Fig. 4 Antigen gathering is compromised in cells expressing PLC-γ2-T1045A.

(A to E) TIRFM analysis of PLC-γ2-KO cells expressing PLC-γ2-T1045A and stimulated with lipid bilayers containing fluorescently labeled anti-IgM. Images (A) and antigen microcluster tracks from individual cells (D) are representative of three independent experiments. Data on the contact area (B), the number of antigen clusters over time (C), and the diffusion coefficients of antigen microclusters (E) are means ± SEM of pooled measurements taken from at least 17 cells. Statistical significance was assessed by Mann-Whitney test and regression analysis (see fig. S5). ***P < 0.001, ****P < 0.0001. Scale bars, 5 μm.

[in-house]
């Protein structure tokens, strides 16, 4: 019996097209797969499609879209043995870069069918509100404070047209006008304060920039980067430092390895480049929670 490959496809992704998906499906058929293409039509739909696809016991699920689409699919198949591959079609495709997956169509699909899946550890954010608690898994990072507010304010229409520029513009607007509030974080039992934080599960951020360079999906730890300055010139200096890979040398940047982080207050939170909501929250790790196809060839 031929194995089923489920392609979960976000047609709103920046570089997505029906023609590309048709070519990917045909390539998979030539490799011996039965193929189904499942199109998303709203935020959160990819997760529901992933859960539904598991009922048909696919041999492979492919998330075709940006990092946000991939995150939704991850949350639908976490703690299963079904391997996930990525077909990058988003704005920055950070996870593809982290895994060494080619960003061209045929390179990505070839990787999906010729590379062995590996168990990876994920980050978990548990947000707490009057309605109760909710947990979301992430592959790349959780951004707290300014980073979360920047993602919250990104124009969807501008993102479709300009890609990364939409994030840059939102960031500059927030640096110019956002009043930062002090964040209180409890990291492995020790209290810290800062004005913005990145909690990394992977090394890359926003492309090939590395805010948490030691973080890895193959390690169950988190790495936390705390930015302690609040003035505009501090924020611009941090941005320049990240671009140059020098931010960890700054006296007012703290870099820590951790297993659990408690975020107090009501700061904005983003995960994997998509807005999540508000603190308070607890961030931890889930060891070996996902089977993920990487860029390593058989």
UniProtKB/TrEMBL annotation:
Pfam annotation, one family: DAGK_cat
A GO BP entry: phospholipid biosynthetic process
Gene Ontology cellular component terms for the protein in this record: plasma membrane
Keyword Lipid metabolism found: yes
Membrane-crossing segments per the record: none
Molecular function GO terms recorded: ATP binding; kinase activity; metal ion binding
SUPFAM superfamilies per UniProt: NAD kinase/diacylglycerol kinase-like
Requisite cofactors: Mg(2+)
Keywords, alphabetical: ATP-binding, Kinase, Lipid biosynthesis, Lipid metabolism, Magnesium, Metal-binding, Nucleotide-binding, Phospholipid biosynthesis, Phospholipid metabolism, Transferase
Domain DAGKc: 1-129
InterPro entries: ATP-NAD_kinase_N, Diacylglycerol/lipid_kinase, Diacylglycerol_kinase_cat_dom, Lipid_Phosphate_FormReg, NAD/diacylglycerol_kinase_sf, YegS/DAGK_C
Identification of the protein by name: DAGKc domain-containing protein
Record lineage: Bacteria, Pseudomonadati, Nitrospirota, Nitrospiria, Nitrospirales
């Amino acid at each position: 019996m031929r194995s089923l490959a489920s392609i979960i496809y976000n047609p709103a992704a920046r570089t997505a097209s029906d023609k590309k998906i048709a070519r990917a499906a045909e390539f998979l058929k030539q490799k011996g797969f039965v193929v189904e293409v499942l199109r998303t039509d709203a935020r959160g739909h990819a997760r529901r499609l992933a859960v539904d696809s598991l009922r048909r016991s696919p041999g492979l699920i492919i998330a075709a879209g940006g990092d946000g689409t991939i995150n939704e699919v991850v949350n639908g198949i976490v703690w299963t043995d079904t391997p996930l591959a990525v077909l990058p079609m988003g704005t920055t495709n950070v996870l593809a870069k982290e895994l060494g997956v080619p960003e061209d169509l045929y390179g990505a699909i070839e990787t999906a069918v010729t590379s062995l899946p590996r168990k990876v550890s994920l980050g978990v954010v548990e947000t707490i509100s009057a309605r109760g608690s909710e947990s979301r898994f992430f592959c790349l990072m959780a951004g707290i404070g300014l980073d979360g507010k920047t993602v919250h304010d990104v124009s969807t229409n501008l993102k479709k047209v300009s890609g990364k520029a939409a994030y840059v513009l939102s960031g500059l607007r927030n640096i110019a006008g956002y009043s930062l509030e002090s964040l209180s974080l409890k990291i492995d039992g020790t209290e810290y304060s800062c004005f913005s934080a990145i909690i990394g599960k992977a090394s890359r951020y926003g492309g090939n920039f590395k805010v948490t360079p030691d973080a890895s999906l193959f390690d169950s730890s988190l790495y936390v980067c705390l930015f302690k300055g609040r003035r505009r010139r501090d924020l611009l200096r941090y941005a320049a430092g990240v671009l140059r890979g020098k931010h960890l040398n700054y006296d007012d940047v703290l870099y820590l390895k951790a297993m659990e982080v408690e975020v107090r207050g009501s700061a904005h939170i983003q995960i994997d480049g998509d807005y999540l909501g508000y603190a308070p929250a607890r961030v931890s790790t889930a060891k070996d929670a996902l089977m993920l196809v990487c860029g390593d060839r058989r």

PLC-γ2 is an important phospholipase, which mediates the hydrolysis of phosphatidylinositol 4,5-bisphosphate (PIP2) to produce inositol triphosphate and diacylglycerol (DAG). To investigate whether TRPM7 deficiency affected lipid metabolism, we stably expressed biosensors of PIP2 (25) and DAG (26) in WT, TRPM7-KO, and TRPM7-KD DT40 cells. When B cells were imaged by live-cell TIRFM, we found that PIP2 and DAG abundance increased after IgM activation, reaching a maximum at about 2 to 3 min after contact (Fig. 5A and movies S4 and S5). These kinetics are similar to those of PIP2 and DAG accumulation in activated T cells (27, 28). Although the maximal amount of PIP2 was increased in DT40 TRPM7-KO cells, less PIP2 accumulated in TRPM7-KD cells after activation (Fig. 5, A and B, and figs. S6 and S7). In contrast, there was no difference in the peak fold change of DAG in activated WT, TRPM7-KO, and TRPM7-KD cells (Fig. 5, C and D, and figs. S6 and S7), but DAG abundance after the peak was increased in TRPM7-KO and TRPM7-KD cells when compared to that in WT cells (Fig. 5D and figs. S6 and S7). These data suggest that TRPM7 modulates lipid metabolism after BCR stimulation and that TRPM7 deletion may modulate not only PIP2 hydrolysis but also PIP2 production.